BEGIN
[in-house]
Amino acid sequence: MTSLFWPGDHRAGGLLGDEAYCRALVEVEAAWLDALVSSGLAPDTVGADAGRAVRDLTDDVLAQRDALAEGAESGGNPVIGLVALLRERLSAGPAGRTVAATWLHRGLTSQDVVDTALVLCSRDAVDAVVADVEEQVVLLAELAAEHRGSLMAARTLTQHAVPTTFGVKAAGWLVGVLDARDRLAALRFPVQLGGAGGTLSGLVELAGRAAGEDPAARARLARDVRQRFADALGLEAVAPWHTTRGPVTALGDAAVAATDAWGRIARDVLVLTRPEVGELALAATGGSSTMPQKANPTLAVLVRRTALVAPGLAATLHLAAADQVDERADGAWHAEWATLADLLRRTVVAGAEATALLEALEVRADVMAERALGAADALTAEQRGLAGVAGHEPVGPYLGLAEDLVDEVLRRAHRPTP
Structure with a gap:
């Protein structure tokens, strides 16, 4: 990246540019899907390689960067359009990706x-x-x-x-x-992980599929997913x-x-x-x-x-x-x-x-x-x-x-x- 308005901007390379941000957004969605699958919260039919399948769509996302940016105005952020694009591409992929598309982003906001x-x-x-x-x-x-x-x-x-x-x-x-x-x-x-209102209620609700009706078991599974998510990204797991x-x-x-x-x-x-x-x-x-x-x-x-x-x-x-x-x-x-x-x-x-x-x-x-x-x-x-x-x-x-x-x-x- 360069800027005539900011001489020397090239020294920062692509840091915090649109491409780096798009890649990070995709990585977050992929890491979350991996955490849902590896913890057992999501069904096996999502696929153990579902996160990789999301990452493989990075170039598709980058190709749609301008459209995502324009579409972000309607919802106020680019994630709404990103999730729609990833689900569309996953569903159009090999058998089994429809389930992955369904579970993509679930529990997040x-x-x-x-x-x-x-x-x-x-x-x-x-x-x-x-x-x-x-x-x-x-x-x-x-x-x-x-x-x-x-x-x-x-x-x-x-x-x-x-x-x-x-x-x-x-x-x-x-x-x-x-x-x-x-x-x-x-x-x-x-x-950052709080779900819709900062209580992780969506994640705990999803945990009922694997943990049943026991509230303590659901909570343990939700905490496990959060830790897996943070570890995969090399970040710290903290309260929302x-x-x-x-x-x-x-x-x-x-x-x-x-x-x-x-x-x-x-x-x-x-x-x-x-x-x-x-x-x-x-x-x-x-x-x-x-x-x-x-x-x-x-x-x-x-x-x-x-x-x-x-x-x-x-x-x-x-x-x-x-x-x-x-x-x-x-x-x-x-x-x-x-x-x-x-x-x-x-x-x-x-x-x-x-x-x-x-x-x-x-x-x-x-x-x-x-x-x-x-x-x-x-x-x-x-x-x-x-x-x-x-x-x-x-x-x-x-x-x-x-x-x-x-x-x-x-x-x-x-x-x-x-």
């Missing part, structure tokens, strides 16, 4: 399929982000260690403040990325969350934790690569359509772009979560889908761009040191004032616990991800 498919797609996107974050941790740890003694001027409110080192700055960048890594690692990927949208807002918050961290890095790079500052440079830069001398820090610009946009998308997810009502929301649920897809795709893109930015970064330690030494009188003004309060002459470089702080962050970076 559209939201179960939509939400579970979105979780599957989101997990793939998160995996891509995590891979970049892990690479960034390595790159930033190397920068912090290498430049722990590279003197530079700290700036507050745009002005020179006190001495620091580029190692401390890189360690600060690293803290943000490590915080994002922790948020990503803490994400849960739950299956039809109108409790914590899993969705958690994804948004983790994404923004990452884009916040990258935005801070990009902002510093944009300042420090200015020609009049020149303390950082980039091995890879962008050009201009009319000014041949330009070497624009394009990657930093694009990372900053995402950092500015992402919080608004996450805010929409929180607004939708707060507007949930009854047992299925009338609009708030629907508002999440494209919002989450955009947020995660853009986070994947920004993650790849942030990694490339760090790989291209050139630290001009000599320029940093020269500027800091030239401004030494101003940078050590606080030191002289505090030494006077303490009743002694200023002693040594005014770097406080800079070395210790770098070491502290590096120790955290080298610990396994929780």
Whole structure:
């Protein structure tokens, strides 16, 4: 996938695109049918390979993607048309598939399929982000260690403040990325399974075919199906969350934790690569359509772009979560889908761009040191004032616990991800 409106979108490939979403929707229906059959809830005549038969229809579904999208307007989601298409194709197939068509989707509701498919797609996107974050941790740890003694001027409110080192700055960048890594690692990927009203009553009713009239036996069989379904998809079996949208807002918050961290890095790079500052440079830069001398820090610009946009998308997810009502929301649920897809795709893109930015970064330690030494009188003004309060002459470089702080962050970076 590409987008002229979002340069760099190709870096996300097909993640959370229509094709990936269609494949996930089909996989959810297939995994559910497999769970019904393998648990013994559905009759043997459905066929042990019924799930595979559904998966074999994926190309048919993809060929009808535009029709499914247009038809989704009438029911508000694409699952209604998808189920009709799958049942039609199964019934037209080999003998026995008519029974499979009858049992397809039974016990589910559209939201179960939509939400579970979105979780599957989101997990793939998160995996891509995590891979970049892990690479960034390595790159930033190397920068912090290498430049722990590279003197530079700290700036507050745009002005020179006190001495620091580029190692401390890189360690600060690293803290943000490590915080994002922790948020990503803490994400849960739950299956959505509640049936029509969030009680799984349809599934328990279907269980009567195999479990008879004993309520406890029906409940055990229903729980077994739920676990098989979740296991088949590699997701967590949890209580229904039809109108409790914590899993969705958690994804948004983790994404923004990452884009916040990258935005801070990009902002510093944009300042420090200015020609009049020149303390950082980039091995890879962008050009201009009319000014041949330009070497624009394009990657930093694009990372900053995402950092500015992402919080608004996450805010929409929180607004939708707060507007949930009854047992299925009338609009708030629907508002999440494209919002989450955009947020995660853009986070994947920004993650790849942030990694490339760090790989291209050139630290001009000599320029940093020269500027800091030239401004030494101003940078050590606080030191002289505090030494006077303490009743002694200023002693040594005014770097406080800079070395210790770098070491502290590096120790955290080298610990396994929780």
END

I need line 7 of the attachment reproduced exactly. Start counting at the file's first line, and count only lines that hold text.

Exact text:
């Protein structure tokens, strides 16, 4: 996938695109049918390979993607048309598939399929982000260690403040990325399974075919199906969350934790690569359509772009979560889908761009040191004032616990991800 409106979108490939979403929707229906059959809830005549038969229809579904999208307007989601298409194709197939068509989707509701498919797609996107974050941790740890003694001027409110080192700055960048890594690692990927009203009553009713009239036996069989379904998809079996949208807002918050961290890095790079500052440079830069001398820090610009946009998308997810009502929301649920897809795709893109930015970064330690030494009188003004309060002459470089702080962050970076 590409987008002229979002340069760099190709870096996300097909993640959370229509094709990936269609494949996930089909996989959810297939995994559910497999769970019904393998648990013994559905009759043997459905066929042990019924799930595979559904998966074999994926190309048919993809060929009808535009029709499914247009038809989704009438029911508000694409699952209604998808189920009709799958049942039609199964019934037209080999003998026995008519029974499979009858049992397809039974016990589910559209939201179960939509939400579970979105979780599957989101997990793939998160995996891509995590891979970049892990690479960034390595790159930033190397920068912090290498430049722990590279003197530079700290700036507050745009002005020179006190001495620091580029190692401390890189360690600060690293803290943000490590915080994002922790948020990503803490994400849960739950299956959505509640049936029509969030009680799984349809599934328990279907269980009567195999479990008879004993309520406890029906409940055990229903729980077994739920676990098989979740296991088949590699997701967590949890209580229904039809109108409790914590899993969705958690994804948004983790994404923004990452884009916040990258935005801070990009902002510093944009300042420090200015020609009049020149303390950082980039091995890879962008050009201009009319000014041949330009070497624009394009990657930093694009990372900053995402950092500015992402919080608004996450805010929409929180607004939708707060507007949930009854047992299925009338609009708030629907508002999440494209919002989450955009947020995660853009986070994947920004993650790849942030990694490339760090790989291209050139630290001009000599320029940093020269500027800091030239401004030494101003940078050590606080030191002289505090030494006077303490009743002694200023002693040594005014770097406080800079070395210790770098070491502290590096120790955290080298610990396994929780």